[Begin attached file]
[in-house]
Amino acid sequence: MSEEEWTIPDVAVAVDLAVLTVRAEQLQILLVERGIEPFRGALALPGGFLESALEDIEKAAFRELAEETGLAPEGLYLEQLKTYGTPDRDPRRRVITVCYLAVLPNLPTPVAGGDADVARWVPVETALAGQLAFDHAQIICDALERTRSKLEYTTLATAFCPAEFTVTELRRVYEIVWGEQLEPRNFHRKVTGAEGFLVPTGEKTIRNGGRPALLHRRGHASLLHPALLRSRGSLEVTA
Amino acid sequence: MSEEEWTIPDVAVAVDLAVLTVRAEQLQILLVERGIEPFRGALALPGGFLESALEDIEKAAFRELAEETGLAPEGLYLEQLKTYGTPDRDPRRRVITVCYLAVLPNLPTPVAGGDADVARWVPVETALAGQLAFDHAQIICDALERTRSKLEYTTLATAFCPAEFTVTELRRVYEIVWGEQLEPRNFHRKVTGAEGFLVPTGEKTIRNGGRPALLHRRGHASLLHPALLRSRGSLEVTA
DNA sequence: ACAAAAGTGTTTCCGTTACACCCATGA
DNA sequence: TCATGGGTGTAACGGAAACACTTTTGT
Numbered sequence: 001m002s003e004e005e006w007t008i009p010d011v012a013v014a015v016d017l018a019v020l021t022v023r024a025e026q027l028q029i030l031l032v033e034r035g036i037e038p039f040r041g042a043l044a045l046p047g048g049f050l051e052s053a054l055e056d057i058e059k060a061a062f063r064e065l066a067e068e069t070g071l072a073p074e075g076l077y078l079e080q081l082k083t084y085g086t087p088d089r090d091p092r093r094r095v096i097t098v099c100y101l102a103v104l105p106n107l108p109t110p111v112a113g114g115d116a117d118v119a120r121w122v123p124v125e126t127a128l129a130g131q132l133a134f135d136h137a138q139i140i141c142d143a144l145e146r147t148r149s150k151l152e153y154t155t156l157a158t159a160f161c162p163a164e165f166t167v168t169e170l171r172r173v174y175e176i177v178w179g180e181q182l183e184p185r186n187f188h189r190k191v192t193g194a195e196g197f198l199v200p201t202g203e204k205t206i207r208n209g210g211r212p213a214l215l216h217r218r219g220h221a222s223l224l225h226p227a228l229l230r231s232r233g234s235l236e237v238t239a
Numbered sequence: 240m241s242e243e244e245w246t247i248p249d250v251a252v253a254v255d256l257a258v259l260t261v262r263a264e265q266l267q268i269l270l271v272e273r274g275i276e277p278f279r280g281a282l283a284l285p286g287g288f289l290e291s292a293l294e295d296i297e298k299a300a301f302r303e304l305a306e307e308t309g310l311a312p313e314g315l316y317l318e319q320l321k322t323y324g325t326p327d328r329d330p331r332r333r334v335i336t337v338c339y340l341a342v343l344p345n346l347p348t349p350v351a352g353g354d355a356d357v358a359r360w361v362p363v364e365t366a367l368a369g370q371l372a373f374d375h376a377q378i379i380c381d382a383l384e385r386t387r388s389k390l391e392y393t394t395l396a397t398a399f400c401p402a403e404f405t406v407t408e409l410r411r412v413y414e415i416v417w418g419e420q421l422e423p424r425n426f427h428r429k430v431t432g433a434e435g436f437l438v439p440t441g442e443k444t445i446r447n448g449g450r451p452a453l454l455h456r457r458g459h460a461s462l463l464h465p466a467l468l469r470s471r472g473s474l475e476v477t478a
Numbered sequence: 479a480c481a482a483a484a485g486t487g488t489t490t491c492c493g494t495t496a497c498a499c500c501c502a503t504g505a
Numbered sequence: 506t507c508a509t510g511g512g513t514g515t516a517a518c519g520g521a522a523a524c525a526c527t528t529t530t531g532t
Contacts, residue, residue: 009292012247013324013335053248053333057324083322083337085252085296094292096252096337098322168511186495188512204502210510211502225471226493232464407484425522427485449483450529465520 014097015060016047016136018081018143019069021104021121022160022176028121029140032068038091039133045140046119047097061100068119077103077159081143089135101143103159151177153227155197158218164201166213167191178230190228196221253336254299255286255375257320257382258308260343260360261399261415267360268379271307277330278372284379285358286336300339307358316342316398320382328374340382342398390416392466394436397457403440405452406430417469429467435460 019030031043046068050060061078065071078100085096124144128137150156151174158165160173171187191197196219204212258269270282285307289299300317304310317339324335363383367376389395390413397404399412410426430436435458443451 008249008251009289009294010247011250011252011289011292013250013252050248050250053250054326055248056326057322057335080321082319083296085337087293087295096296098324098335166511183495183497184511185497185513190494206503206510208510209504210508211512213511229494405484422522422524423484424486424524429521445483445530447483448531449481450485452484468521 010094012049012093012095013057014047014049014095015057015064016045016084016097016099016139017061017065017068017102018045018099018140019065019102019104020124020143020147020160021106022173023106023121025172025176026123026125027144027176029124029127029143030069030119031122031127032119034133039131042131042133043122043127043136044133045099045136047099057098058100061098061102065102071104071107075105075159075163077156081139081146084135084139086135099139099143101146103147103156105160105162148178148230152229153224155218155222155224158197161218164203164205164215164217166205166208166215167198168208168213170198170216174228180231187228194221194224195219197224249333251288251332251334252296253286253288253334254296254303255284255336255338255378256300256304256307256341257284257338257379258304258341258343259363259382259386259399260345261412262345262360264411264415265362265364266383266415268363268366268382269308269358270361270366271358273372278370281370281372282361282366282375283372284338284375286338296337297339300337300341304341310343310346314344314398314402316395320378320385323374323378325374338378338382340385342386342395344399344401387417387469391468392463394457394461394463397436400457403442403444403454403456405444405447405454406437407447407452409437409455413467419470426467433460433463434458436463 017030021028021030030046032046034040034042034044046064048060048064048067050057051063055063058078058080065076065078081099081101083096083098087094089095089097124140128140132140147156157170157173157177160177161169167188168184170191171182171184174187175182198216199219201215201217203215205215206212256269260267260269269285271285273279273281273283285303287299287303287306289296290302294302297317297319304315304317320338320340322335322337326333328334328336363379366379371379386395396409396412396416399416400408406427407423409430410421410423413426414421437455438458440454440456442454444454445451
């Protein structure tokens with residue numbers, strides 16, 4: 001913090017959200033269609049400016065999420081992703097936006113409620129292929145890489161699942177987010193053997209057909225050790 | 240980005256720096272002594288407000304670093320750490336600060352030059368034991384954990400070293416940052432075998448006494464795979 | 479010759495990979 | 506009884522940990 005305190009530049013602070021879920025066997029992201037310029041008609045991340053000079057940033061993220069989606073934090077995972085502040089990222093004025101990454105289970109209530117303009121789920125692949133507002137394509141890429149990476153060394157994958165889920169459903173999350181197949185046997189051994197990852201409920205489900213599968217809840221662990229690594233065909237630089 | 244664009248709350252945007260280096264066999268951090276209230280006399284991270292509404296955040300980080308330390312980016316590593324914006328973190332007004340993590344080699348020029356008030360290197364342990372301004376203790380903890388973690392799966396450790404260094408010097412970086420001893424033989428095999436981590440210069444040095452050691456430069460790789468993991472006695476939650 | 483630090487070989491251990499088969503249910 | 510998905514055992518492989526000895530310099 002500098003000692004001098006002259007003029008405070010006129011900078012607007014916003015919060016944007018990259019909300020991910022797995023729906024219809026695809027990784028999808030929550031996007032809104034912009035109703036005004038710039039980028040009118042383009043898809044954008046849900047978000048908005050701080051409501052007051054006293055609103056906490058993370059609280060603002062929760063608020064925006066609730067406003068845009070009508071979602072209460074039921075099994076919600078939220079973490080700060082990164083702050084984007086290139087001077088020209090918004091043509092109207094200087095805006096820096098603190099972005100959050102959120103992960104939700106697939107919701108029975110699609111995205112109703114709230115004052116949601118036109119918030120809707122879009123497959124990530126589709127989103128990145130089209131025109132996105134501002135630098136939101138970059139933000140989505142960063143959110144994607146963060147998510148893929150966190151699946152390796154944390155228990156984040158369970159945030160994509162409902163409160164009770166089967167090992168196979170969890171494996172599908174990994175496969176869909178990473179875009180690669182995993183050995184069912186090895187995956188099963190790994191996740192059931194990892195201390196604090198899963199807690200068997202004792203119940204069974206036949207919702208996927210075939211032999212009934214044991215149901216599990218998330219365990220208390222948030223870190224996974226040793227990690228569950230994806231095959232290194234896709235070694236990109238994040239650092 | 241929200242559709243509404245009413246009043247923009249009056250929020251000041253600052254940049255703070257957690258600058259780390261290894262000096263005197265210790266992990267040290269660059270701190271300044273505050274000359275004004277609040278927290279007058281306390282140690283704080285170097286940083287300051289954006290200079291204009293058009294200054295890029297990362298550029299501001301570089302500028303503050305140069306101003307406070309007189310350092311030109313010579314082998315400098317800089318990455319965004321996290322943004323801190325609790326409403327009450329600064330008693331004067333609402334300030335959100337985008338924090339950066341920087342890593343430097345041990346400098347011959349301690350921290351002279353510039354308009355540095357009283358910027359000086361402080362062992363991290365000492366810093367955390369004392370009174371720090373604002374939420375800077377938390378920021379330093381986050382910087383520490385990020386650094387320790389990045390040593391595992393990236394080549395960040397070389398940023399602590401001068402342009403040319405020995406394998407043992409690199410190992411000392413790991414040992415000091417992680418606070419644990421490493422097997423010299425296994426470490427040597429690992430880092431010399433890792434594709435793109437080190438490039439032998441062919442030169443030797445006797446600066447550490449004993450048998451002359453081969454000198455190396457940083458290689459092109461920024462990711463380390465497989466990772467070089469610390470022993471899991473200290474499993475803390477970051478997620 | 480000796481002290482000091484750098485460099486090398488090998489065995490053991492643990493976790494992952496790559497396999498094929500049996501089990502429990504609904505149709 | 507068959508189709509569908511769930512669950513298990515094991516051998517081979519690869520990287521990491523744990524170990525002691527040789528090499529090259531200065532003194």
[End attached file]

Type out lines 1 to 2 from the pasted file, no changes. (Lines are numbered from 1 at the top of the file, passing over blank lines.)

[in-house]
Amino acid sequence: MSEEEWTIPDVAVAVDLAVLTVRAEQLQILLVERGIEPFRGALALPGGFLESALEDIEKAAFRELAEETGLAPEGLYLEQLKTYGTPDRDPRRRVITVCYLAVLPNLPTPVAGGDADVARWVPVETALAGQLAFDHAQIICDALERTRSKLEYTTLATAFCPAEFTVTELRRVYEIVWGEQLEPRNFHRKVTGAEGFLVPTGEKTIRNGGRPALLHRRGHASLLHPALLRSRGSLEVTA